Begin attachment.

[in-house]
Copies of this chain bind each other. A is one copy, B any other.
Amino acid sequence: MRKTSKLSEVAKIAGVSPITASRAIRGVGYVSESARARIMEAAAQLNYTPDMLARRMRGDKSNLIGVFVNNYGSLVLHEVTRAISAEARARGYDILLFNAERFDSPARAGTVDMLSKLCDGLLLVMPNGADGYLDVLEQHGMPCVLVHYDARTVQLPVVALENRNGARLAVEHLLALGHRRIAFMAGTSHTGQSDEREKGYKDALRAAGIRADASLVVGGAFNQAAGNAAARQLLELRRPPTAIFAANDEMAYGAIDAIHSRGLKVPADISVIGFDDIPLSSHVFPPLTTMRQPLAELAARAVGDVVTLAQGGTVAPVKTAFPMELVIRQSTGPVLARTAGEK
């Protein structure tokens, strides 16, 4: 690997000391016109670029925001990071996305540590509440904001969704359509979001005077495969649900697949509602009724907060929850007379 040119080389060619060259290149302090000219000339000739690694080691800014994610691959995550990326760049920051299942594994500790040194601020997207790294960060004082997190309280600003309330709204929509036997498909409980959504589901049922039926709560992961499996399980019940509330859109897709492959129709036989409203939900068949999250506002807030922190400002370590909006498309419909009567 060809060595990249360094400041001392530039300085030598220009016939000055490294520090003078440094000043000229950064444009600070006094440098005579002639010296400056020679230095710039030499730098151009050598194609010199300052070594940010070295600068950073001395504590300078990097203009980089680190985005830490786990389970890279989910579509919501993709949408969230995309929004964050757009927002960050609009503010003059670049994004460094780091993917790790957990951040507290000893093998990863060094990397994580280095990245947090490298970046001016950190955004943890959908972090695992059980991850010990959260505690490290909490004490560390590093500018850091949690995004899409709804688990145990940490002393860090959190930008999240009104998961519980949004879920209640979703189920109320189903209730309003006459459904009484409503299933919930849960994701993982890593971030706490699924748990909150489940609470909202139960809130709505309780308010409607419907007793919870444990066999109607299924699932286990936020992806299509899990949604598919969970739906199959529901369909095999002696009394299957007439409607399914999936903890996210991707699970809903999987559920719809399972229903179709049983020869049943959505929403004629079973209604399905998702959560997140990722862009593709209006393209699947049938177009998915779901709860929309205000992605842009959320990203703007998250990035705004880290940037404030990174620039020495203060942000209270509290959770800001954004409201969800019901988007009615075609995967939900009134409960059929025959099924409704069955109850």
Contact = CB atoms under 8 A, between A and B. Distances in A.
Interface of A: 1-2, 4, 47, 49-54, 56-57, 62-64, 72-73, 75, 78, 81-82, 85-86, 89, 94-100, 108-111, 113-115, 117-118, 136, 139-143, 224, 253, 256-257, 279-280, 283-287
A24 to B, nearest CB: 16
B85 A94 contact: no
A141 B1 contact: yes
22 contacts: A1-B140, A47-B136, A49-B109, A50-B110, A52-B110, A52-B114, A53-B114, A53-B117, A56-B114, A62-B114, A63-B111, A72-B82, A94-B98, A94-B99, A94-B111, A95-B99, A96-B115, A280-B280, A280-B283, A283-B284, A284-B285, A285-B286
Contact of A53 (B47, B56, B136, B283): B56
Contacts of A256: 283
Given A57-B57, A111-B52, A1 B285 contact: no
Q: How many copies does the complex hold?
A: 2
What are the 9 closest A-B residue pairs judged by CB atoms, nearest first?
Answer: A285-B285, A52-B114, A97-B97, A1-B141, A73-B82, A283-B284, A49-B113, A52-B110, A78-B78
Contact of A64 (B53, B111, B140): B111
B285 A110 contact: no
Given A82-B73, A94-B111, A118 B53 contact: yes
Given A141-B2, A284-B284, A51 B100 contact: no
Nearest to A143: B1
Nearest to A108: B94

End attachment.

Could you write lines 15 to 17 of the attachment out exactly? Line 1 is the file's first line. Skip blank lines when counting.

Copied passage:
A: 2
What are the 9 closest A-B residue pairs judged by CB atoms, nearest first?
Answer: A285-B285, A52-B114, A97-B97, A1-B141, A73-B82, A283-B284, A49-B113, A52-B110, A78-B78